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Last Updated: Friday, 27 October 2006, 23:01 GMT 00:01 UK
Gene link to inflammatory bowel
Bowel scans
Scientists have long suspected a genetic link
A new gene mutation linked to Crohn's disease and ulcerative colitis has been identified by US and Canadian experts.

The fault is in a gene receptor present in healthy people without inflammatory bowel disease but rare in those with the condition.

The receptor's protein, interleukin-23 (IL-23), is known to regulate chronic inflammation and help fight bacterial infections.

The Science Express study authors say the finding is a target for new drugs.

'Significant protection'

Inflammatory bowel diseases tend to run in families and scientists have long suspected a genetic component. Other mutations have already been found, but more are thought to exist.

The researchers performed a genome-wide scan of more than 1,000 people with and without Crohn's disease to look for variations of the DNA sequence that might be related to inflammatory bowel disease.

One mutation appears to offer significant protection and will be a crucial target for drugs that might better manage Crohn's disease and ulcerative colitis.
Researcher Dr Judy Cho

They found three variations - two that were already known, and one new one.

The new variation found in the IL-23 receptor was particularly intriguing because it was more common in people without disease than those with it, rather than the other way round.

One of the study's author's Dr Judy Cho, from the Department of Medicine and Genetics at Yale University, said: "We appear to have identified a gene variant that protects against development of IBD.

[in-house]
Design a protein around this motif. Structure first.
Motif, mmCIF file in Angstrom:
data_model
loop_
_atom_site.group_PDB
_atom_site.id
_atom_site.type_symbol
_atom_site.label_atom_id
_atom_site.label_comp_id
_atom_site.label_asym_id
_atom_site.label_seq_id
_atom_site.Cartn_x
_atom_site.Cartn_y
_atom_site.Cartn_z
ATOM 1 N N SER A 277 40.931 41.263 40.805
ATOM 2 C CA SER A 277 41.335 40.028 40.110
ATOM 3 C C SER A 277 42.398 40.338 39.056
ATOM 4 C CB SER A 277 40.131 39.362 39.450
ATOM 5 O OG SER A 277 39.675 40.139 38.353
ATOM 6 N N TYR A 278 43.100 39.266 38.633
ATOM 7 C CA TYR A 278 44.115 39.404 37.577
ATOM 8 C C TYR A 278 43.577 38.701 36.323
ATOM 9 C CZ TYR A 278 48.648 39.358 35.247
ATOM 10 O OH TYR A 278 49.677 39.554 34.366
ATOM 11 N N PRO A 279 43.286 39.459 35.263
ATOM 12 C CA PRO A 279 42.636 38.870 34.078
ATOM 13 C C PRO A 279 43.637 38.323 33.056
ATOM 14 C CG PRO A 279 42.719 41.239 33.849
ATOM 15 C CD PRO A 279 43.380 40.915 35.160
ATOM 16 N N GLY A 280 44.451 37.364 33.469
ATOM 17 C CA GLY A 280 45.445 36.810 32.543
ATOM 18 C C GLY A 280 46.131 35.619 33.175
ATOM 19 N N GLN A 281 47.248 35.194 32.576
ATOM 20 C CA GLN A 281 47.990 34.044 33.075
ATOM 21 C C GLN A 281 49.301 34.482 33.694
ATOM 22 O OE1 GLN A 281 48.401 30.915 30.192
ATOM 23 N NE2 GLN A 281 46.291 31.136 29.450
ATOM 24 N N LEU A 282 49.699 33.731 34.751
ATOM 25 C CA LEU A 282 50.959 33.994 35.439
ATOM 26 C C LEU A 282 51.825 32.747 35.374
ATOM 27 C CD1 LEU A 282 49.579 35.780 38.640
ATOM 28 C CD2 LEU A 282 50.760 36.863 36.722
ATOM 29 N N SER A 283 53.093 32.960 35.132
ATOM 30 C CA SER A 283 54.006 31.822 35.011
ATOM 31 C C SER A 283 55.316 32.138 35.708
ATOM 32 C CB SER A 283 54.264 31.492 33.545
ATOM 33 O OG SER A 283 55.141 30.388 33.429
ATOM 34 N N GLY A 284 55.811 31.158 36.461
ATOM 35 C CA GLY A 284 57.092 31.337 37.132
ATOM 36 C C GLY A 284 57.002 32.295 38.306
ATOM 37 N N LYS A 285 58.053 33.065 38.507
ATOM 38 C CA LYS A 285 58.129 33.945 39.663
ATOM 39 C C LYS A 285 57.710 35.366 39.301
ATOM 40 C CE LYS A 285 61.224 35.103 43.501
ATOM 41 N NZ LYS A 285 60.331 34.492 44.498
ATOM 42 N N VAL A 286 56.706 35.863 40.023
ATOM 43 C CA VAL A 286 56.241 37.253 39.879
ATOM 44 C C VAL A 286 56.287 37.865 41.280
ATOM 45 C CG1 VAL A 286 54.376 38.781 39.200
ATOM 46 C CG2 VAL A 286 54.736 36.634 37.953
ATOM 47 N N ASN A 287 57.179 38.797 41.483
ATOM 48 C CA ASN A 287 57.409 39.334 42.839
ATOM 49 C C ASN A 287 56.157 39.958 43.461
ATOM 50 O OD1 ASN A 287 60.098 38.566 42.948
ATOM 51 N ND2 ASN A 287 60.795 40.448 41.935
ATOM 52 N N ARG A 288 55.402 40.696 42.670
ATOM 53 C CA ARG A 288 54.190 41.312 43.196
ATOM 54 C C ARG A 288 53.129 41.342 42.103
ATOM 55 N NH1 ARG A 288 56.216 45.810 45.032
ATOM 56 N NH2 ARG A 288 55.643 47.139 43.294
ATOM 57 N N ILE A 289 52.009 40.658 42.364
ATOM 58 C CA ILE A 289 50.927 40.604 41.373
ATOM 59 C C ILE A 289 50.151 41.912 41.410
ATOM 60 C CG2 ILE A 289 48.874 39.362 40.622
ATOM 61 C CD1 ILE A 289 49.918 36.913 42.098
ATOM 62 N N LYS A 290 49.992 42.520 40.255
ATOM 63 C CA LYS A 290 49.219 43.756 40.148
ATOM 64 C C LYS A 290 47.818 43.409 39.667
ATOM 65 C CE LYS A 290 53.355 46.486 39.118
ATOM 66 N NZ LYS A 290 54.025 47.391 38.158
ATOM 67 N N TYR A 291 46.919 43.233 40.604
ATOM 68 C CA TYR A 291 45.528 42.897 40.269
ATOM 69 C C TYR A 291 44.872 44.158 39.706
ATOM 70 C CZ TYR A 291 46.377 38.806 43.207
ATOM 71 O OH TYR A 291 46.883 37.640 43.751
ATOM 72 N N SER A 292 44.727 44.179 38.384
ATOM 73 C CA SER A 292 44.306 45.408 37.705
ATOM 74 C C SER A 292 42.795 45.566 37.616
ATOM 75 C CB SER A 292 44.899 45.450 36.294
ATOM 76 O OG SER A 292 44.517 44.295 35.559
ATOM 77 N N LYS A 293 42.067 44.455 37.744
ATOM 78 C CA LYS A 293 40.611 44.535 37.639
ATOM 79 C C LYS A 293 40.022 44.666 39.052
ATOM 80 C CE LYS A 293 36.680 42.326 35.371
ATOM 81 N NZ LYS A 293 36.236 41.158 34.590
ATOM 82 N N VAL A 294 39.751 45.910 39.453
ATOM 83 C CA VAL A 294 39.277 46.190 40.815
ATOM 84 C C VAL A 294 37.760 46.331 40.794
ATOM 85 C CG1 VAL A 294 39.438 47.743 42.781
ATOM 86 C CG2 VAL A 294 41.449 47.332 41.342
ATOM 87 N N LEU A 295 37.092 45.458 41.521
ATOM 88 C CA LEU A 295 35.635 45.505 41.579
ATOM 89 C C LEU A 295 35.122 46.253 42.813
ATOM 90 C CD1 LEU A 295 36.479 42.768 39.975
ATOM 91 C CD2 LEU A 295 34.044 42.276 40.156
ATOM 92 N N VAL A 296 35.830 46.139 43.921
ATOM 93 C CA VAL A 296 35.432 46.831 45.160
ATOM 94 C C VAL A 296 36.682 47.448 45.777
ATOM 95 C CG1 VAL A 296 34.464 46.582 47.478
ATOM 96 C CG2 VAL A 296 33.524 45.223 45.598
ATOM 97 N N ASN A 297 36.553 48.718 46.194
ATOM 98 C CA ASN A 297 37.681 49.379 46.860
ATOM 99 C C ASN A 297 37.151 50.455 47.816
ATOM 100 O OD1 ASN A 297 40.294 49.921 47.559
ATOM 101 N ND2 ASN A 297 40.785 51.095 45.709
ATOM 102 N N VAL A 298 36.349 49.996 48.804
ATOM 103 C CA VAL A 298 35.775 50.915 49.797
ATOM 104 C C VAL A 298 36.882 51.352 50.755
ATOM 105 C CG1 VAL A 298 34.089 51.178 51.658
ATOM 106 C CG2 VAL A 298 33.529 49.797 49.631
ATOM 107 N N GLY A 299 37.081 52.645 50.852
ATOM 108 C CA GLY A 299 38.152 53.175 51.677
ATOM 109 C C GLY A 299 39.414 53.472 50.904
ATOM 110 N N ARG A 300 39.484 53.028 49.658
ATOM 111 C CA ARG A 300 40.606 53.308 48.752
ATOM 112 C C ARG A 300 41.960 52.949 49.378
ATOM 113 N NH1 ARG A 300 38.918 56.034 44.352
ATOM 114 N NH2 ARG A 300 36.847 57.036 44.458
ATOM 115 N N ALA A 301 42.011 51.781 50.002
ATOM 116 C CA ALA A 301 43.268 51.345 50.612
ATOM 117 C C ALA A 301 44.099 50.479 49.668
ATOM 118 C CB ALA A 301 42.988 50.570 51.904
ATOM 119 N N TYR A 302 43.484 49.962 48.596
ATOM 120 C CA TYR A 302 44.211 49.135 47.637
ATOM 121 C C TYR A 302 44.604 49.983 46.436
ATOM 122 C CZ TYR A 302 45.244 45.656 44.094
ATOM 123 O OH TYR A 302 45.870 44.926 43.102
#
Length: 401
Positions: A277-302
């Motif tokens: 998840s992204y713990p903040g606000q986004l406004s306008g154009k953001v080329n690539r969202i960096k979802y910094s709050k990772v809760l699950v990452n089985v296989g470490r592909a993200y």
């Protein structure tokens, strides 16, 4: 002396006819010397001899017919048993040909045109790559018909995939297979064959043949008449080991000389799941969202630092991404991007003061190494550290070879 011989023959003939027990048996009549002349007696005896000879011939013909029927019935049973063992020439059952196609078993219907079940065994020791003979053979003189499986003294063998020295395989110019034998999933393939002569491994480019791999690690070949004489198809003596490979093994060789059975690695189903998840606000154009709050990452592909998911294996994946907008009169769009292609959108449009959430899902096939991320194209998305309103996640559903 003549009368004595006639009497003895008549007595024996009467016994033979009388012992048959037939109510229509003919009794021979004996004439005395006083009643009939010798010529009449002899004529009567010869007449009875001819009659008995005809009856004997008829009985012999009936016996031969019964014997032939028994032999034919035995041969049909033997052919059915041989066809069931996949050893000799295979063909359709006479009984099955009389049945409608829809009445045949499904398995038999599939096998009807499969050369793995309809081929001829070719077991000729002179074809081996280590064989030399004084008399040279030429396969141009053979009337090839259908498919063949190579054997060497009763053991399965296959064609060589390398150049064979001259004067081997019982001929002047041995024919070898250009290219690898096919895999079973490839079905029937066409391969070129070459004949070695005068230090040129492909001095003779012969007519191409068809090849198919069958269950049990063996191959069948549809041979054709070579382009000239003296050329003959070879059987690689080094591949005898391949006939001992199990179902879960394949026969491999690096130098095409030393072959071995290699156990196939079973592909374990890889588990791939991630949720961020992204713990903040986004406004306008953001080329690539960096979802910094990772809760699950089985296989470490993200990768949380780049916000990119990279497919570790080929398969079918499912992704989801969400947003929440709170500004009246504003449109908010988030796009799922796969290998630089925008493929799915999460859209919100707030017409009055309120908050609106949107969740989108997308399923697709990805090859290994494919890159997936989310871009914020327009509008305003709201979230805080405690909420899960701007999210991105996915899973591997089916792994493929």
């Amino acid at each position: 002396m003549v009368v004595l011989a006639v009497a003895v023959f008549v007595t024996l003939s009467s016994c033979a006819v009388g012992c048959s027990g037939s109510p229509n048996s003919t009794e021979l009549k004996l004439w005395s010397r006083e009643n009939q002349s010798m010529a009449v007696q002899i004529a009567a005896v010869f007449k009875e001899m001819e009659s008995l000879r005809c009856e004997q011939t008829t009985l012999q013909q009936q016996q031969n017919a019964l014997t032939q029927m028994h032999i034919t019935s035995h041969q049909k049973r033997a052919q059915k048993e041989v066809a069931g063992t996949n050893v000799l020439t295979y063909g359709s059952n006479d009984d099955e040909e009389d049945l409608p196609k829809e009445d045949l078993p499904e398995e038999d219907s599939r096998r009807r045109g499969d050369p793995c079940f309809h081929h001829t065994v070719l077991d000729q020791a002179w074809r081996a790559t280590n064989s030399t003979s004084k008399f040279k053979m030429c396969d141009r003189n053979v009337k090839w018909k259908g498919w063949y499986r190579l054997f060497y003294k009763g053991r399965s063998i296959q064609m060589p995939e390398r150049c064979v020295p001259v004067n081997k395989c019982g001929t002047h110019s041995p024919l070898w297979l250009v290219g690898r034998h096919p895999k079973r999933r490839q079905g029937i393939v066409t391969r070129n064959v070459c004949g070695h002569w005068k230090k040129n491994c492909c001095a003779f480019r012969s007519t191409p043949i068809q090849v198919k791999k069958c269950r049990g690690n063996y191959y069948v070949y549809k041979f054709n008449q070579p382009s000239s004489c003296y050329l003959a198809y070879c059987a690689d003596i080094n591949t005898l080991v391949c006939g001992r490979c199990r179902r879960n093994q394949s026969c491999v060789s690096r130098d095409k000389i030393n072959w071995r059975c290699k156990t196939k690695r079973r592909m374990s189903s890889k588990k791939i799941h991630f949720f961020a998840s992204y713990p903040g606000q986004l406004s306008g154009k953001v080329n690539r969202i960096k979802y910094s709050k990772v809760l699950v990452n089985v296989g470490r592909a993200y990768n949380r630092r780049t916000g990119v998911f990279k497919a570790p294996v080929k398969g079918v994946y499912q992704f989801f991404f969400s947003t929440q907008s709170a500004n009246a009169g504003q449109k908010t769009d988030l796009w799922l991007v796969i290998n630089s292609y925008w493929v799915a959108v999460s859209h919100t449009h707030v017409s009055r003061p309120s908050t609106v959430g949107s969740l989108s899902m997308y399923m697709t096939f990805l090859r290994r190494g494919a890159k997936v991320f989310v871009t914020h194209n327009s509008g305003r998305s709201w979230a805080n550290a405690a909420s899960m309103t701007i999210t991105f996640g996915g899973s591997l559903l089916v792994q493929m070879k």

"It causes us to think about the genetics of health as well as the genetics of the disease.

"One mutation appears to offer significant protection from IBD, and will be a crucial target for drugs that might better manage Crohn's disease and ulcerative colitis."

In the UK, a large-scale study to find genes for a dozen common disorders, including Crohn's disease, run by the Welcome Trust Case Control Consortium, is close to completion.

One of those involved in the research, Professor Christopher Mathew, of the Complex Disease Genetics Group at King's College London, said the work in Science suggested the IL-23 gene played a "key role" in the inflammatory response.

He said there was hope that identifying genes for these common disorders would lead to new and more effective forms of therapy.

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